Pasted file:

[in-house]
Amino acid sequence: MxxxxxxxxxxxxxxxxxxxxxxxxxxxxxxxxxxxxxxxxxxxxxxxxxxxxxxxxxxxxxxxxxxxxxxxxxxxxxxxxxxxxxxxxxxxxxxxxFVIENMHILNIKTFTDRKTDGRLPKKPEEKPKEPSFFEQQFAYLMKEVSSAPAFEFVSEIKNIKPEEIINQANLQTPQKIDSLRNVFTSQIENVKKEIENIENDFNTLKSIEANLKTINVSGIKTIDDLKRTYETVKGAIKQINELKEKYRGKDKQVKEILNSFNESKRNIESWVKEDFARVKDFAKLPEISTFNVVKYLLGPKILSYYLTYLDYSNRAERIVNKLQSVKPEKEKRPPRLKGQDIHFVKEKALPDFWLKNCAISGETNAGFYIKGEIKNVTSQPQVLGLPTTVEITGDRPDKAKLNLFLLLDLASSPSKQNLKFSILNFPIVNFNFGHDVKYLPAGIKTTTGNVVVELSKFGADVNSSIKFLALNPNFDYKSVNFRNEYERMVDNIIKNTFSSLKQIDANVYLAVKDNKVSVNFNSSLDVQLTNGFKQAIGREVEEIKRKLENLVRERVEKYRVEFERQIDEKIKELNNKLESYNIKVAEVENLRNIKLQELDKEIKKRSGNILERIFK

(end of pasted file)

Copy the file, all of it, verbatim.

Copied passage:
[in-house]
Amino acid sequence: MxxxxxxxxxxxxxxxxxxxxxxxxxxxxxxxxxxxxxxxxxxxxxxxxxxxxxxxxxxxxxxxxxxxxxxxxxxxxxxxxxxxxxxxxxxxxxxxxFVIENMHILNIKTFTDRKTDGRLPKKPEEKPKEPSFFEQQFAYLMKEVSSAPAFEFVSEIKNIKPEEIINQANLQTPQKIDSLRNVFTSQIENVKKEIENIENDFNTLKSIEANLKTINVSGIKTIDDLKRTYETVKGAIKQINELKEKYRGKDKQVKEILNSFNESKRNIESWVKEDFARVKDFAKLPEISTFNVVKYLLGPKILSYYLTYLDYSNRAERIVNKLQSVKPEKEKRPPRLKGQDIHFVKEKALPDFWLKNCAISGETNAGFYIKGEIKNVTSQPQVLGLPTTVEITGDRPDKAKLNLFLLLDLASSPSKQNLKFSILNFPIVNFNFGHDVKYLPAGIKTTTGNVVVELSKFGADVNSSIKFLALNPNFDYKSVNFRNEYERMVDNIIKNTFSSLKQIDANVYLAVKDNKVSVNFNSSLDVQLTNGFKQAIGREVEEIKRKLENLVRERVEKYRVEFERQIDEKIKELNNKLESYNIKVAEVENLRNIKLQELDKEIKKRSGNILERIFK